When told that there was a file on him, Dunne jumped to his feet. The Navy recruiter asked where he was going. "To Moscow, to enlist in the Red Army. Stick that in your goddamn file," he replied. Dunne later said he instead went to the nearest bathroom and threw up.
His loyalty had been questioned by those who perceived guilt by association. Dunne tried to fight what he considered unfair charges and in the end accepted a civilian job with the Office of War Information where he produced documentaries, including Arturo Toscanini's "Hymn of the Nations," which won an Academy Award. The experience with the Navy obviously made him sensitive to loose charges because of people's political activism.
"It is hard to explain to anyone who has never been accused of disloyalty exactly how it feels," Dunne wrote in his 1980 autobiography, "Take Two: A Life in Movies and Politics." "Like all other mortals, I believe myself capable of almost any crime, given the right incentive, with the exception of the one unforgivable crime of disloyalty, whether it be to my country, my job, my union, my family, my friends, or my own conception of myself as a reasonably decent human being."
When World War II ended, what Dunne described as "a witch-hunt mentality gripped the government and the movie industry. We'd won the war. We talked about one world. And we had the United Nations. We had defeated the monster. Hitler was buried and the whole thing had been won and yet ... there was another monster."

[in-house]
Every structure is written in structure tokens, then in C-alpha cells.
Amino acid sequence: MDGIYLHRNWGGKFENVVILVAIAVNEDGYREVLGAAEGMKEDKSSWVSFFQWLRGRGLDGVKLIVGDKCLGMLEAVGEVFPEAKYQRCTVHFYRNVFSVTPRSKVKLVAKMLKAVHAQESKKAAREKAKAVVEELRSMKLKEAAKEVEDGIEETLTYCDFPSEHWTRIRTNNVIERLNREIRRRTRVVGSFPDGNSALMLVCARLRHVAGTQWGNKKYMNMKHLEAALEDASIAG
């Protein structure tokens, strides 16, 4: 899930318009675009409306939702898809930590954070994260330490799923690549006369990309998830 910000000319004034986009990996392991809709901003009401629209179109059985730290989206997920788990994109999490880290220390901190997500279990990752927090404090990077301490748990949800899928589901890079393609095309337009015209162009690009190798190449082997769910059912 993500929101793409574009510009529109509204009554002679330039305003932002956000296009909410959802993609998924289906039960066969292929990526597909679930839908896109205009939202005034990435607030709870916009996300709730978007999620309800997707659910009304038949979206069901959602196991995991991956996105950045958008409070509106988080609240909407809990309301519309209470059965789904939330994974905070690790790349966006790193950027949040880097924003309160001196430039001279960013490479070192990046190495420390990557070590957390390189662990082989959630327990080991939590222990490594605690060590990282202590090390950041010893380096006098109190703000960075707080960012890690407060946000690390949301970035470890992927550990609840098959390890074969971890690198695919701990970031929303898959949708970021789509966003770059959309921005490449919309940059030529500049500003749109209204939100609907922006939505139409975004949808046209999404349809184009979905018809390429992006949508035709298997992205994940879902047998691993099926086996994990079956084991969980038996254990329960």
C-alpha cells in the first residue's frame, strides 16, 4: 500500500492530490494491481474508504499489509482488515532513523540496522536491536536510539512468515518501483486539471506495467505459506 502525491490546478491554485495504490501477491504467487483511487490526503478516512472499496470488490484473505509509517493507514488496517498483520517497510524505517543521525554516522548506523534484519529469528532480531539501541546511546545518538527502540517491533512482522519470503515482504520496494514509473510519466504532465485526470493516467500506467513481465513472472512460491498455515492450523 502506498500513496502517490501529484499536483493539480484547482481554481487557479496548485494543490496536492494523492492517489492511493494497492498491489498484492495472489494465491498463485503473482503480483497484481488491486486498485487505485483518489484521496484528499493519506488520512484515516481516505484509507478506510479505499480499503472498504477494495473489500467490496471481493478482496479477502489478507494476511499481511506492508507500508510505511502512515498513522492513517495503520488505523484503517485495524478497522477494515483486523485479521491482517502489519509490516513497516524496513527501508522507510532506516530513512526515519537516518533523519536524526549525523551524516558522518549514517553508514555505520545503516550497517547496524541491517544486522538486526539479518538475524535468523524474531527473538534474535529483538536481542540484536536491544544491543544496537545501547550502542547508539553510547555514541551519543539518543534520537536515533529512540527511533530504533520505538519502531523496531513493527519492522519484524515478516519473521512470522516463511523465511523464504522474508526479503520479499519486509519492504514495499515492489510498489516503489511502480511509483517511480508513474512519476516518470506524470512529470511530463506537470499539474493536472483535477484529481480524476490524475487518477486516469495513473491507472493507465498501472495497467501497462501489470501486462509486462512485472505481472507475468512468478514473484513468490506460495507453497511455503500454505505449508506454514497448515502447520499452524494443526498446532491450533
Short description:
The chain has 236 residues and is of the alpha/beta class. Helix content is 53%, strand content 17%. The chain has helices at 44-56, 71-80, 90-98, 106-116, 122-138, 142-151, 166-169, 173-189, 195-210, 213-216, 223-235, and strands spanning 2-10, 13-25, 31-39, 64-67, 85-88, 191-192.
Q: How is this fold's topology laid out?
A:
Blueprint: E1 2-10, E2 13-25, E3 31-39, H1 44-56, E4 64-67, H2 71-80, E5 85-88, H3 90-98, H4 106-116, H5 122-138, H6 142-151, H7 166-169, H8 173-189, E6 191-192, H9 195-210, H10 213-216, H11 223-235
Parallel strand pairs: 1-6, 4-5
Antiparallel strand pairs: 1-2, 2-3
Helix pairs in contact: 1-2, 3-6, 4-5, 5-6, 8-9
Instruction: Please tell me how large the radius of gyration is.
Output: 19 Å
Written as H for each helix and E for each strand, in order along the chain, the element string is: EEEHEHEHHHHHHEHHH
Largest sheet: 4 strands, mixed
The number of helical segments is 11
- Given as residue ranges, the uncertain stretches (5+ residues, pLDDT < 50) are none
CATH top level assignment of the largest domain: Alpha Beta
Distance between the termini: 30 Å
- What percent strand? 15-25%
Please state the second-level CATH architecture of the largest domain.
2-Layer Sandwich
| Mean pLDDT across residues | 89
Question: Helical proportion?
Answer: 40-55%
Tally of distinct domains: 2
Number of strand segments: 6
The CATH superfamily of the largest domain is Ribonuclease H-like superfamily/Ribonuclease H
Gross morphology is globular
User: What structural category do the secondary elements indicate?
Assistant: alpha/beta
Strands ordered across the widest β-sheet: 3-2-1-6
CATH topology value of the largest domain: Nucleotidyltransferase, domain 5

Investigators in Washington seeking to root out alleged Communists went after what they viewed as easy, visible targets in Hollywood. "At the time the blacklist started there was still a fairly strong, viable, actual Communist Party in Hollywood," Dunne told an interviewer. "By the 1940s, it was much diminished but it did still exist." But some, including Ronald Reagan, then active in industry politics, said the Communists were about to take over Hollywood.
"This, of course, was not true at all," Dunne said. "There was no way they could have taken over this amorphous, headless monster that is the movie industry."
Although never blacklisted himself, Dunne believed that "if anybody is a victim of a witch hunt, then everybody becomes a potential victim."
His role was not without the obvious critics on the right and even those on the left. In 1980, the same year that Dunne wrote his autobiography (updated in 1992 with five additional chapters), Victor Navasky, editor of the Nation, suggested in his book "Naming Names" that Hollywood liberals like Dunne had abandoned the Hollywood 10 who had refused to testify before the House committee. The flap that Navasky's accusations caused showed that the controversy still stirred the old-time Hollywood community.